My first thought was “art installation.” PC hardware, computing, and RGB LEDs The Kinesis Freestyle Edge RGB Gaming mechanical keyboard review @ AnandTech Gigabyte X570 Aorus Master review @ bit-tech…
Amidst all the fuss of trade shows and new product launches, it’s easy to forget that day-to-day life must proceed. Part of that eventuality in the PC hardware world is the continual march of graphics card driver updates. So saying, AMD released Radeon Software version 19.6.2 yesterday, adding support for some important Vulkan extensions and patching up a few problems.
For those who don’t develop graphics-heavy applications, “extensions” in Khronos parlance are essentially flags that tell the application accessing the graphics API that the underlying hardware and software support a given feature. The specific Vulkan extensions gaining support with this driver are enumerated below:
- VK_AMD_display_native_hdr – allows Vulkan applications to use FreeSync2
Those may not be as exciting as, say, VK_NV_ray_tracing, but whatever the case, further support for Vulkan is good for everyone.
This driver fixes a bug where users might get a Timeout Detection & Recovery (TDR) error when exiting a DX12 game that is cloned across multiple displays. Microsoft’s PIX debugging tool should work properly on external Radeon GPUs now. Crackdown 3 should stop crashing on Radeon R7 370 cards, and the Radeon Overlay’s performance metrics display should work properly now. Finally, this driver should resolve mysterious performance drops in games played on wireless VR headsets using Polaris cards.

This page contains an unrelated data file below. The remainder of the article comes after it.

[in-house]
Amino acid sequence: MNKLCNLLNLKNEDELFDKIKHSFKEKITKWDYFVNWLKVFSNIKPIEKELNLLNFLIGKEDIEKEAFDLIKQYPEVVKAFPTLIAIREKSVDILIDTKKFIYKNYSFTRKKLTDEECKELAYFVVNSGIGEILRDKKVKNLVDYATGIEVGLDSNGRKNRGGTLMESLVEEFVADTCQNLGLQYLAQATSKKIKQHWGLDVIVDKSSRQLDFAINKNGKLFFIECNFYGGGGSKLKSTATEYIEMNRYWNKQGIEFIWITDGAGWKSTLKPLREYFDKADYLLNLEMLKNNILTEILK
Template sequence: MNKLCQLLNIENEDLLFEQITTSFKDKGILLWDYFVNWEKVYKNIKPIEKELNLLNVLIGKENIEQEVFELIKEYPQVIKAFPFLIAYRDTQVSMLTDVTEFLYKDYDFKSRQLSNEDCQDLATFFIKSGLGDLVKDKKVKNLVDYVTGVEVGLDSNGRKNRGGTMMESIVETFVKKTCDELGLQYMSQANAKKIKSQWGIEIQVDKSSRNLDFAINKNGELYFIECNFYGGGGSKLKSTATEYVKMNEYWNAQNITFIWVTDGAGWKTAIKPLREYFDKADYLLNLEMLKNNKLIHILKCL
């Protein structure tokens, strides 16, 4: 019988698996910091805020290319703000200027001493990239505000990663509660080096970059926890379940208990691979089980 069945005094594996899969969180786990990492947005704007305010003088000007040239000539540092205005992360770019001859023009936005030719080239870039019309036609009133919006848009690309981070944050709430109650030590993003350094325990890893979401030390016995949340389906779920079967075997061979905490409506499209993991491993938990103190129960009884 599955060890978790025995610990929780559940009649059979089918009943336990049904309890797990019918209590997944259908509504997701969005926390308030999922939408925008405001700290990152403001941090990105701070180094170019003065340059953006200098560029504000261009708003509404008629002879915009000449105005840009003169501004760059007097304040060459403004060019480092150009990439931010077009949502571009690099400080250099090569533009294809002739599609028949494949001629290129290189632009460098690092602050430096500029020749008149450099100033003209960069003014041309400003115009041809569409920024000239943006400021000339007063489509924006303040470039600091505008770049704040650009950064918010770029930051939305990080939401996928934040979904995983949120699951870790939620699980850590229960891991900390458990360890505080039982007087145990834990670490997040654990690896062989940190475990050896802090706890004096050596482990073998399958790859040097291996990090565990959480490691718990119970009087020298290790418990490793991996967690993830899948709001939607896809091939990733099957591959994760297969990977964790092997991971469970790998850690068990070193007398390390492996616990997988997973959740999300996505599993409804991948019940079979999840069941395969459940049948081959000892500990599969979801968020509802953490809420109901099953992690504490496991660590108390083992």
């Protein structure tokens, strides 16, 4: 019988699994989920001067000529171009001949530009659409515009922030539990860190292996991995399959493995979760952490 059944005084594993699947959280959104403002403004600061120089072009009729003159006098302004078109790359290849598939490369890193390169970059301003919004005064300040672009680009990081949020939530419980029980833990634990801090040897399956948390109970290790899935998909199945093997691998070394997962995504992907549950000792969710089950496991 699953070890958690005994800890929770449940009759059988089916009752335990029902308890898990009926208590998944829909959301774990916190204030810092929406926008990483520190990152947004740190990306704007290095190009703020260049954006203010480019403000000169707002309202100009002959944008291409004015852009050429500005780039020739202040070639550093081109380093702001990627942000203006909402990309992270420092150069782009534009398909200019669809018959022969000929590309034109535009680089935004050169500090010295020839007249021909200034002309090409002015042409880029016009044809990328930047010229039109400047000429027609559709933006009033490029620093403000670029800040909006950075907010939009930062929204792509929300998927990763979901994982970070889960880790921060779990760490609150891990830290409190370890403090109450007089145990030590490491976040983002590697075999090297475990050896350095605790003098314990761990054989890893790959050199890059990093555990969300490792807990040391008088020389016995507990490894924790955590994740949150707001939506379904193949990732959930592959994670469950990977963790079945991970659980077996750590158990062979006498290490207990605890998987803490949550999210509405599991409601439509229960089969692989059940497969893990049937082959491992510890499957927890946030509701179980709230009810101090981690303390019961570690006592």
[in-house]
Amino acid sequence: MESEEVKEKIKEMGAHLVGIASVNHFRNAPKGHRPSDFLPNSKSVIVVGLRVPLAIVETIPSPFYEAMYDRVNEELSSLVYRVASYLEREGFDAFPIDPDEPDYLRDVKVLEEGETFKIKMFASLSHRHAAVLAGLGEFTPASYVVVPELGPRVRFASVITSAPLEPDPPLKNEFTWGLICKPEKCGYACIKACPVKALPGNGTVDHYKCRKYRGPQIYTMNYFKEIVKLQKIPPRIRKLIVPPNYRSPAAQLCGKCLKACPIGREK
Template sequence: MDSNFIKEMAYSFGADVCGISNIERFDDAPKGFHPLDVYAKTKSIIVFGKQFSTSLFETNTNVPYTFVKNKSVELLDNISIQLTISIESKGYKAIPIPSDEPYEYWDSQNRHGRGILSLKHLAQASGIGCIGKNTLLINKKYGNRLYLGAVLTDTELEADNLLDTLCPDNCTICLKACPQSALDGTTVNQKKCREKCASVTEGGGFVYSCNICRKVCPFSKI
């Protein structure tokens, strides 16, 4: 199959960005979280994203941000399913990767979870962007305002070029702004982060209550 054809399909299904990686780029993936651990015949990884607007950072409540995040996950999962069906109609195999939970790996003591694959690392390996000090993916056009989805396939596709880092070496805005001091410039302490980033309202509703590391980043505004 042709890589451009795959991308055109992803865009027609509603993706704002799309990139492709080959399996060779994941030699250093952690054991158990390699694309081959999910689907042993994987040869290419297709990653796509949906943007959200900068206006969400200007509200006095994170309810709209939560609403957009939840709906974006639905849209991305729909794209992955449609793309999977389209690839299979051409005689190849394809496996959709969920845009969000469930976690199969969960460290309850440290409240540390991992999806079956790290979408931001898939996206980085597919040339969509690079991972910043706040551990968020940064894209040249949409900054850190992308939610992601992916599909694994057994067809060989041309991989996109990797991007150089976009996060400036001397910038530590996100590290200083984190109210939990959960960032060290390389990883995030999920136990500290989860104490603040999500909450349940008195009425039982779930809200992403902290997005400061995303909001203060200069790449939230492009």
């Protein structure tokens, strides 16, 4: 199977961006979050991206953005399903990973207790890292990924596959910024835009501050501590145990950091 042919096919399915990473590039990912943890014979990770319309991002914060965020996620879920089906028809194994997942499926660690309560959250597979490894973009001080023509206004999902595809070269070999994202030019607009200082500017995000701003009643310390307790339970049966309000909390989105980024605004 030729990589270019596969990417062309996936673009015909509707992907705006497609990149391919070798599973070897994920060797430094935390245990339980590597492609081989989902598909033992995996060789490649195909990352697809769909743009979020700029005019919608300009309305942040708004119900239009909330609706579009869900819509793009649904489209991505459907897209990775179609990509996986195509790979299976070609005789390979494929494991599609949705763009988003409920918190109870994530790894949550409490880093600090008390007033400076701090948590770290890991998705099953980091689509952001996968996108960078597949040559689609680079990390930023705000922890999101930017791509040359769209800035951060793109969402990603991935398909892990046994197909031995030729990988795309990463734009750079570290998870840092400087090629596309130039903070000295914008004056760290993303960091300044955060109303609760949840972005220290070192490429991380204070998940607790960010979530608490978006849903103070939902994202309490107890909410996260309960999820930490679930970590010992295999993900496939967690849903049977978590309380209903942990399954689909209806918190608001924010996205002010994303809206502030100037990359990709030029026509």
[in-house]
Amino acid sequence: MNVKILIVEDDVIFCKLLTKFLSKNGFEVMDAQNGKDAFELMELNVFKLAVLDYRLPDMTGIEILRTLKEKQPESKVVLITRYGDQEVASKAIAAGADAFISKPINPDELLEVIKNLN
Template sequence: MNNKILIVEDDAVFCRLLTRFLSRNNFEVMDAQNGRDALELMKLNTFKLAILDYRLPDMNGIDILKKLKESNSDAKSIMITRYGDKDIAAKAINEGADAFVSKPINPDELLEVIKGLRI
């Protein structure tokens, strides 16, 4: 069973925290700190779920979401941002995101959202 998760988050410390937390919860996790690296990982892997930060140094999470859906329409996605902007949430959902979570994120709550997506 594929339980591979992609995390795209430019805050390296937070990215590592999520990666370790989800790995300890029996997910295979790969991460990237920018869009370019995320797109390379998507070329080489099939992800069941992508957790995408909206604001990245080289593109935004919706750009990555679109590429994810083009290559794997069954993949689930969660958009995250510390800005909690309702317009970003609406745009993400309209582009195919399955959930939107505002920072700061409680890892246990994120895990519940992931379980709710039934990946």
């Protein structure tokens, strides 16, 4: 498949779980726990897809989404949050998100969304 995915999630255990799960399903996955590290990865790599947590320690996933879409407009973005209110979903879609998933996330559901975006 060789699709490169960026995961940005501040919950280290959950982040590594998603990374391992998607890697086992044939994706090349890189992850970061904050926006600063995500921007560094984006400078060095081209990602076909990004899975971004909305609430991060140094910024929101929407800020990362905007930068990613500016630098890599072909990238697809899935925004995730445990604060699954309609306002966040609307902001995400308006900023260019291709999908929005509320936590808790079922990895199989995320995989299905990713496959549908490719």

Persistent problems include inaccurate readings in Radeon Wattman and the performance metrics overlay on Radeon VII cards, uninstallation issues when using “express uninstall” on Ryzen APUs, and a specific issue when using discrete GPUs with the Asus TUF FX505 laptop. There’s also a problem where Acer Swift 3 machines with Ryzen CPUs may be unstable if you install this driver using the “custom clean installation” option. Finally, streaming to Facebook using Radeon ReLive is not working at this time.
This driver should install on just about everything Radeon that you’ll find in the market today. It goes all the way back to the original GCN products, the Radeon HD 7000 series, and it supports both desktop and mobile Ryzen APUs—not to mention older APUs. If it’s got GCN, this driver will probably work. Read the release notes to see if I missed anything, or just grab the driver from AMD’s download site.